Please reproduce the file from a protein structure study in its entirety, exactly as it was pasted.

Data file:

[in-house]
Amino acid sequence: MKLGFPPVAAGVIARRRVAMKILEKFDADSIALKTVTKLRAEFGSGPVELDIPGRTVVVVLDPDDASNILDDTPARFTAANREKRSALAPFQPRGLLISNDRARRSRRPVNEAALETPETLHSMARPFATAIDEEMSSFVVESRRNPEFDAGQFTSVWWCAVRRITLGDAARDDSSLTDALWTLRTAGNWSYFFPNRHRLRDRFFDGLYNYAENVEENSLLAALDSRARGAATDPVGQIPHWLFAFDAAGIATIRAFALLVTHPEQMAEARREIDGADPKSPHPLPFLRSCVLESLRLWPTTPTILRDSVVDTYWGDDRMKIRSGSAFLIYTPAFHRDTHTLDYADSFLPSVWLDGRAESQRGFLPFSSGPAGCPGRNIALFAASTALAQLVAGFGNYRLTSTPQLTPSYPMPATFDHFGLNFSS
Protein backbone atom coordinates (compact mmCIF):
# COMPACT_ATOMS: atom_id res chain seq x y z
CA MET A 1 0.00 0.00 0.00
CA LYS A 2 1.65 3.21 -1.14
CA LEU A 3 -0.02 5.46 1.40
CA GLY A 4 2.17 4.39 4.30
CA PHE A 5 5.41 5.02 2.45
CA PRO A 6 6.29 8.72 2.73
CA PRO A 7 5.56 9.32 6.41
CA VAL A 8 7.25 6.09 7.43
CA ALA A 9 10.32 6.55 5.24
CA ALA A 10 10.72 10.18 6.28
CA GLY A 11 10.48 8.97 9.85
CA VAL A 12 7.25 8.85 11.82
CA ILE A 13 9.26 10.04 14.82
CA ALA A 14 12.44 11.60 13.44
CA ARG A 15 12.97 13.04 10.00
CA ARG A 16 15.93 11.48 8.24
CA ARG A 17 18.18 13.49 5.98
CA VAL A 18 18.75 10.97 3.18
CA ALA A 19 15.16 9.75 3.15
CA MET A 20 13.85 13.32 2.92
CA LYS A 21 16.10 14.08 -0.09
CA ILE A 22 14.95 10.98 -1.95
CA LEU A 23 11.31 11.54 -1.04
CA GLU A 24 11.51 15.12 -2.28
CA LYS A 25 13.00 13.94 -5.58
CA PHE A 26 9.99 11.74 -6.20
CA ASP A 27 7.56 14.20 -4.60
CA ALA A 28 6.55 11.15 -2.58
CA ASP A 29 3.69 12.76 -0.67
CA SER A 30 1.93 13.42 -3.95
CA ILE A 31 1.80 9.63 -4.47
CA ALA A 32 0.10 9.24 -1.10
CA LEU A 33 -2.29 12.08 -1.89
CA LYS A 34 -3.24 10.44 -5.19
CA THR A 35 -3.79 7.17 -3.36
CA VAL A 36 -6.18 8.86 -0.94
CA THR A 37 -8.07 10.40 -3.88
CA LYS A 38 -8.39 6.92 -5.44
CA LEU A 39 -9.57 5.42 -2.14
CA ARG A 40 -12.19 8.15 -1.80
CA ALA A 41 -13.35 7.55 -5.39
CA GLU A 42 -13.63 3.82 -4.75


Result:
[in-house]
Amino acid sequence: MKLGFPPVAAGVIARRRVAMKILEKFDADSIALKTVTKLRAEFGSGPVELDIPGRTVVVVLDPDDASNILDDTPARFTAANREKRSALAPFQPRGLLISNDRARRSRRPVNEAALETPETLHSMARPFATAIDEEMSSFVVESRRNPEFDAGQFTSVWWCAVRRITLGDAARDDSSLTDALWTLRTAGNWSYFFPNRHRLRDRFFDGLYNYAENVEENSLLAALDSRARGAATDPVGQIPHWLFAFDAAGIATIRAFALLVTHPEQMAEARREIDGADPKSPHPLPFLRSCVLESLRLWPTTPTILRDSVVDTYWGDDRMKIRSGSAFLIYTPAFHRDTHTLDYADSFLPSVWLDGRAESQRGFLPFSSGPAGCPGRNIALFAASTALAQLVAGFGNYRLTSTPQLTPSYPMPATFDHFGLNFSS
Protein backbone atom coordinates (compact mmCIF):
# COMPACT_ATOMS: atom_id res chain seq x y z
CA MET A 1 0.00 0.00 0.00
CA LYS A 2 1.65 3.21 -1.14
CA LEU A 3 -0.02 5.46 1.40
CA GLY A 4 2.17 4.39 4.30
CA PHE A 5 5.41 5.02 2.45
CA PRO A 6 6.29 8.72 2.73
CA PRO A 7 5.56 9.32 6.41
CA VAL A 8 7.25 6.09 7.43
CA ALA A 9 10.32 6.55 5.24
CA ALA A 10 10.72 10.18 6.28
CA GLY A 11 10.48 8.97 9.85
CA VAL A 12 7.25 8.85 11.82
CA ILE A 13 9.26 10.04 14.82
CA ALA A 14 12.44 11.60 13.44
CA ARG A 15 12.97 13.04 10.00
CA ARG A 16 15.93 11.48 8.24
CA ARG A 17 18.18 13.49 5.98
CA VAL A 18 18.75 10.97 3.18
CA ALA A 19 15.16 9.75 3.15
CA MET A 20 13.85 13.32 2.92
CA LYS A 21 16.10 14.08 -0.09
CA ILE A 22 14.95 10.98 -1.95
CA LEU A 23 11.31 11.54 -1.04
CA GLU A 24 11.51 15.12 -2.28
CA LYS A 25 13.00 13.94 -5.58
CA PHE A 26 9.99 11.74 -6.20
CA ASP A 27 7.56 14.20 -4.60
CA ALA A 28 6.55 11.15 -2.58
CA ASP A 29 3.69 12.76 -0.67
CA SER A 30 1.93 13.42 -3.95
CA ILE A 31 1.80 9.63 -4.47
CA ALA A 32 0.10 9.24 -1.10
CA LEU A 33 -2.29 12.08 -1.89
CA LYS A 34 -3.24 10.44 -5.19
CA THR A 35 -3.79 7.17 -3.36
CA VAL A 36 -6.18 8.86 -0.94
CA THR A 37 -8.07 10.40 -3.88
CA LYS A 38 -8.39 6.92 -5.44
CA LEU A 39 -9.57 5.42 -2.14
CA ARG A 40 -12.19 8.15 -1.80
CA ALA A 41 -13.35 7.55 -5.39
CA GLU A 42 -13.63 3.82 -4.75